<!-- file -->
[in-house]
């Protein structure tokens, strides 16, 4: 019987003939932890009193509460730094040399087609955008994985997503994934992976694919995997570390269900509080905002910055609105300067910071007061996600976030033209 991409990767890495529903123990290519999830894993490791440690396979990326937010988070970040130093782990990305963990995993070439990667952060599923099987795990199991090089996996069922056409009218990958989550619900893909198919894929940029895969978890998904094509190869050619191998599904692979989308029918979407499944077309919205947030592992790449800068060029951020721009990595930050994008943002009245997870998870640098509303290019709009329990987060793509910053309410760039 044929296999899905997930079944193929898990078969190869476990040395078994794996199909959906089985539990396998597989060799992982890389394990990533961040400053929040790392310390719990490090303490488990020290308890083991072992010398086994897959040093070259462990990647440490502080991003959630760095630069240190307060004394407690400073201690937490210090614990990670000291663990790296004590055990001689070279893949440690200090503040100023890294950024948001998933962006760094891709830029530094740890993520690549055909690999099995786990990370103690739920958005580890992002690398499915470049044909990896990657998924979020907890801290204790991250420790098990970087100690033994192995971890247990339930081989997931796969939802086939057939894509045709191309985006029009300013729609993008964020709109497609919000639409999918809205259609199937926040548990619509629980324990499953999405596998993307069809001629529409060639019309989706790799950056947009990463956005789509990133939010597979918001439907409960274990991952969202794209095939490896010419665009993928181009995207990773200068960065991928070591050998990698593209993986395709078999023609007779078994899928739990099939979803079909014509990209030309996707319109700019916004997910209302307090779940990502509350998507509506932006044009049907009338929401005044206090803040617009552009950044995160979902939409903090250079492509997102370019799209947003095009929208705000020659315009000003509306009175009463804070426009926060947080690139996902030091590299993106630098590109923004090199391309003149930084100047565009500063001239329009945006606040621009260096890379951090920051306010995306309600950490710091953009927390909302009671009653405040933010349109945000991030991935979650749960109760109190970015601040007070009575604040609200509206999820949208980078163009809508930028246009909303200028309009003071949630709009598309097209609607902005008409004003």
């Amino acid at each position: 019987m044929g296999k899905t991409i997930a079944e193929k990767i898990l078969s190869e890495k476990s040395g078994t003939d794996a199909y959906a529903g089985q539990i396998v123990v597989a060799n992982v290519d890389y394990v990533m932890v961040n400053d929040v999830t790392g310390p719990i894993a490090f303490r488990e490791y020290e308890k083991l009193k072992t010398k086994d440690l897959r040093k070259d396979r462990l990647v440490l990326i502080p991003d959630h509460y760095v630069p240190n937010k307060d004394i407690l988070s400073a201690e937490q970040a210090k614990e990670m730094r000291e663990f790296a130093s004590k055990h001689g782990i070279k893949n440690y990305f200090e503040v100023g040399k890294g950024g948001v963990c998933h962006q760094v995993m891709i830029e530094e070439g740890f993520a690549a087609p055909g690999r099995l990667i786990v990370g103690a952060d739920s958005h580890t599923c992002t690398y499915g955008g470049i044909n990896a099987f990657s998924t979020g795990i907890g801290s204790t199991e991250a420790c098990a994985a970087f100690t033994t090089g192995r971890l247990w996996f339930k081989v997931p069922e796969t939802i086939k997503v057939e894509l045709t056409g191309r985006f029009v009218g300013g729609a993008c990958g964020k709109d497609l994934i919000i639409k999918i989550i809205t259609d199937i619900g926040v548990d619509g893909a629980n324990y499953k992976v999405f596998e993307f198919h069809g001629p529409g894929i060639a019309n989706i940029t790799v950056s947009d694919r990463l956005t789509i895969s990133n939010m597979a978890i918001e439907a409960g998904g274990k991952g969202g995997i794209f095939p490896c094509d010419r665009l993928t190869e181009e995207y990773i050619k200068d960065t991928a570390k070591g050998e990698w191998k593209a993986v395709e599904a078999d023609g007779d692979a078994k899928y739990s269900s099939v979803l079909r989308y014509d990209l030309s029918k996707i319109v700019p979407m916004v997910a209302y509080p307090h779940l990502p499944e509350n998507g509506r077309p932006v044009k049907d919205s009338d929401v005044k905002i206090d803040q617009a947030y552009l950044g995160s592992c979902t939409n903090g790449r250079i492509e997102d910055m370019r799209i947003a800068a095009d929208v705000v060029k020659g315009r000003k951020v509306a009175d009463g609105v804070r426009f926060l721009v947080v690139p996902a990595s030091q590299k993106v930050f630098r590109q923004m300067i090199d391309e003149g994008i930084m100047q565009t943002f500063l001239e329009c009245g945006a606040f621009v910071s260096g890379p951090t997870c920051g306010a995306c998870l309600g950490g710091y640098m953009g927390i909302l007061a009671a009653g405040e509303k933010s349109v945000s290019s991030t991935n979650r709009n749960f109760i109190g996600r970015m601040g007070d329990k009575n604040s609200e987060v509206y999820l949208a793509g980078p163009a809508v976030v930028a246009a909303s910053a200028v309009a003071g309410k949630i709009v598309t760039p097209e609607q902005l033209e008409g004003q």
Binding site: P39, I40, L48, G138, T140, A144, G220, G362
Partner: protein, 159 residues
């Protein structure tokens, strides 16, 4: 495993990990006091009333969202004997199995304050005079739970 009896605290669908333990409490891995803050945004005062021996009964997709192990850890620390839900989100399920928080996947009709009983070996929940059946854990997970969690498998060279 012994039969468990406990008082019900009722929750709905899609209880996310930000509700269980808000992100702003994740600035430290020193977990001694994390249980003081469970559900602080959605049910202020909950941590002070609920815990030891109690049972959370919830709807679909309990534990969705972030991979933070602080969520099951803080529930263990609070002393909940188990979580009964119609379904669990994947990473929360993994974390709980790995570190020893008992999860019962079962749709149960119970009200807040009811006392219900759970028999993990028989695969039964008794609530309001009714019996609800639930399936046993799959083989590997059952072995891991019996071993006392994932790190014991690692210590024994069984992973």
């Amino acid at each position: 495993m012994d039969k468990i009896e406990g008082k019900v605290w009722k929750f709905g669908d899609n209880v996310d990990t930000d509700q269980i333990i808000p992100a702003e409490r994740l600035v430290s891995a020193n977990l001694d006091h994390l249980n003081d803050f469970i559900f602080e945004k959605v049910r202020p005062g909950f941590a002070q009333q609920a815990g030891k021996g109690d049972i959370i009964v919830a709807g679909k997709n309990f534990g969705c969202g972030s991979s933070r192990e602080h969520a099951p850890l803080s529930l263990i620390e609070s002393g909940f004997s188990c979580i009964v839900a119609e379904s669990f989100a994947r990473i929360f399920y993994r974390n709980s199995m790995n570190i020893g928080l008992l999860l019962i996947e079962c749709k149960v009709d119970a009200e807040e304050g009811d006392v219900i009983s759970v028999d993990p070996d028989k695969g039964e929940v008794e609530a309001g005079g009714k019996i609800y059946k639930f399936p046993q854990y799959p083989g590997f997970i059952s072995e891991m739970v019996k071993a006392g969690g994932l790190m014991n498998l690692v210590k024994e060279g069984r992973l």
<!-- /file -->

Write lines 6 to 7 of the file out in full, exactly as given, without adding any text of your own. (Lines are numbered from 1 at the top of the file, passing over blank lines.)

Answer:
């Protein structure tokens, strides 16, 4: 495993990990006091009333969202004997199995304050005079739970 009896605290669908333990409490891995803050945004005062021996009964997709192990850890620390839900989100399920928080996947009709009983070996929940059946854990997970969690498998060279 012994039969468990406990008082019900009722929750709905899609209880996310930000509700269980808000992100702003994740600035430290020193977990001694994390249980003081469970559900602080959605049910202020909950941590002070609920815990030891109690049972959370919830709807679909309990534990969705972030991979933070602080969520099951803080529930263990609070002393909940188990979580009964119609379904669990994947990473929360993994974390709980790995570190020893008992999860019962079962749709149960119970009200807040009811006392219900759970028999993990028989695969039964008794609530309001009714019996609800639930399936046993799959083989590997059952072995891991019996071993006392994932790190014991690692210590024994069984992973």
């Amino acid at each position: 495993m012994d039969k468990i009896e406990g008082k019900v605290w009722k929750f709905g669908d899609n209880v996310d990990t930000d509700q269980i333990i808000p992100a702003e409490r994740l600035v430290s891995a020193n977990l001694d006091h994390l249980n003081d803050f469970i559900f602080e945004k959605v049910r202020p005062g909950f941590a002070q009333q609920a815990g030891k021996g109690d049972i959370i009964v919830a709807g679909k997709n309990f534990g969705c969202g972030s991979s933070r192990e602080h969520a099951p850890l803080s529930l263990i620390e609070s002393g909940f004997s188990c979580i009964v839900a119609e379904s669990f989100a994947r990473i929360f399920y993994r974390n709980s199995m790995n570190i020893g928080l008992l999860l019962i996947e079962c749709k149960v009709d119970a009200e807040e304050g009811d006392v219900i009983s759970v028999d993990p070996d028989k695969g039964e929940v008794e609530a309001g005079g009714k019996i609800y059946k639930f399936p046993q854990y799959p083989g590997f997970i059952s072995e891991m739970v019996k071993a006392g969690g994932l790190m014991n498998l690692v210590k024994e060279g069984r992973l």